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GeorgeNoPlay

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About GeorgeNoPlay

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  1. Thanks Bernd. I hate parting out original items too...I have a vintage woodworking machine woodshop, and the parts often could bring more than the whole, but preservation of original, and allowing use od original, is important. I'll await others responses, but until I'm convince otherwise, I'm keeping it as is. I mean Gibson asked for a lot of info and photo proof, and as you can see they thought it was as described. George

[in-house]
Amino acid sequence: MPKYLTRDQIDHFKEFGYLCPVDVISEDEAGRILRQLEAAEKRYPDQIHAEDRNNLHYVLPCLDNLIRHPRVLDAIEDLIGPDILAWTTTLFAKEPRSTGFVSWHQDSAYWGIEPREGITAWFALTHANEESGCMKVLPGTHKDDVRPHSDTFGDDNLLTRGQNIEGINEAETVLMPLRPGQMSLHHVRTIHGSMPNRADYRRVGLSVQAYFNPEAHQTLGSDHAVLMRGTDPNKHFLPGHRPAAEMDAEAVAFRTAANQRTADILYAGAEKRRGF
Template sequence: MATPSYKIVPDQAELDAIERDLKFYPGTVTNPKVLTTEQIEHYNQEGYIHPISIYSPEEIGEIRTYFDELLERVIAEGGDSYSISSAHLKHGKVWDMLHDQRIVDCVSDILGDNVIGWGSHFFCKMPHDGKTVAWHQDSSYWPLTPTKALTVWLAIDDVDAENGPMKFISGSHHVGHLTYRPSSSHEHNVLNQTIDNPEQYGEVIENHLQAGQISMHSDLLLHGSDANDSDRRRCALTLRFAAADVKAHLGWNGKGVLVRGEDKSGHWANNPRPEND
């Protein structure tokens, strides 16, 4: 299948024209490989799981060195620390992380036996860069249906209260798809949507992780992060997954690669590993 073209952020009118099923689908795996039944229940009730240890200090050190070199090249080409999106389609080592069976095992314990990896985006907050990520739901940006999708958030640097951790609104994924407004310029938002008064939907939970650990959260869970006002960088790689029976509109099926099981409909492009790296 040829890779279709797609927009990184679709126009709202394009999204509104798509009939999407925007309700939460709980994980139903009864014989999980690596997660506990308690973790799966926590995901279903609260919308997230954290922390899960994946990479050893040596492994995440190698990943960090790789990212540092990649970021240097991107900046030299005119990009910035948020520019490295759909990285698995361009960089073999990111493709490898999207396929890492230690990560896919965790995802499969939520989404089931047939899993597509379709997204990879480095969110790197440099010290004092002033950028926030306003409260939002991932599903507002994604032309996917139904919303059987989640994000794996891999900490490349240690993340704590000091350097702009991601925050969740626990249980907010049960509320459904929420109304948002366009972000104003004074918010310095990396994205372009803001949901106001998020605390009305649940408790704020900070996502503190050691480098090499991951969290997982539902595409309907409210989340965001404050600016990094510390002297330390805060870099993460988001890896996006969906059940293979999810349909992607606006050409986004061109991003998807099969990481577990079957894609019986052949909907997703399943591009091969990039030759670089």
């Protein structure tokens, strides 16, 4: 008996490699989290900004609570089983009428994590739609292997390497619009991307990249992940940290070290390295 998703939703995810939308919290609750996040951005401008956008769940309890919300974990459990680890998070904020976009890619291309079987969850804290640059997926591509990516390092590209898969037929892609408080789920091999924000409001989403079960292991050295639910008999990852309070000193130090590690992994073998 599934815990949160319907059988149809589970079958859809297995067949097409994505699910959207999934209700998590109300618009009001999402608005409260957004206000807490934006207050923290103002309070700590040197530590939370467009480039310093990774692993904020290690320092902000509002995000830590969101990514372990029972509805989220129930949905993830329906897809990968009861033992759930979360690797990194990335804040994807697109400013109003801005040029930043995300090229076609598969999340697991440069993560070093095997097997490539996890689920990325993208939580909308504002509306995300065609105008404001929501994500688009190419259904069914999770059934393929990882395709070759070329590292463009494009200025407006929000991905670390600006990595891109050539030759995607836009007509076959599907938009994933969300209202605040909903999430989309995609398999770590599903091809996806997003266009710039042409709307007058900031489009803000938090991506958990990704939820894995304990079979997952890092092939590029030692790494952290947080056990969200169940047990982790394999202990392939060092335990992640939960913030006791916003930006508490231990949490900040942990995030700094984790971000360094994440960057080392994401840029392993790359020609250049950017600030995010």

2. I inherited a Steinberger GM-1T, well, I think it is. I don't play and no little about guitars, less about this other than some research. Here is what Gibson said based on immages I sent: "Hi, This appears to be a GM-1T model. Unfortunately, this serial number is not listed in the Steinberger Ledger Archives. However, the serial numbers N10083 and N10085 were both shipped from the factory in January of 1990, so it is likely this went out around the same time. " Gibson Customer Service I have the guitar on ebay . I did get this message from someone who saw it on ebay: A heads up, I believe this is a self build from parts. My judgement on this is based on the fact the body has a wood effect, which was never available from Steinberger. Your best way of checking to see if it was an original that was sanded down is to open up the cavities for the electronics and the pickup and see if there is a steinberger serial number on the body (if so take a photo). Without that this guitar is worth half the price, you may actually get more money by splitting it into parts. You'll get close to $1000 for the TT, 500-600 for the neck, and the rest you could possibly get about 300 for, so 2k total. (Worth noting I'm not interested in buying, just a steinberger fanatic giving some advice :P) I don't want to mislead anyone...what do you all think? George
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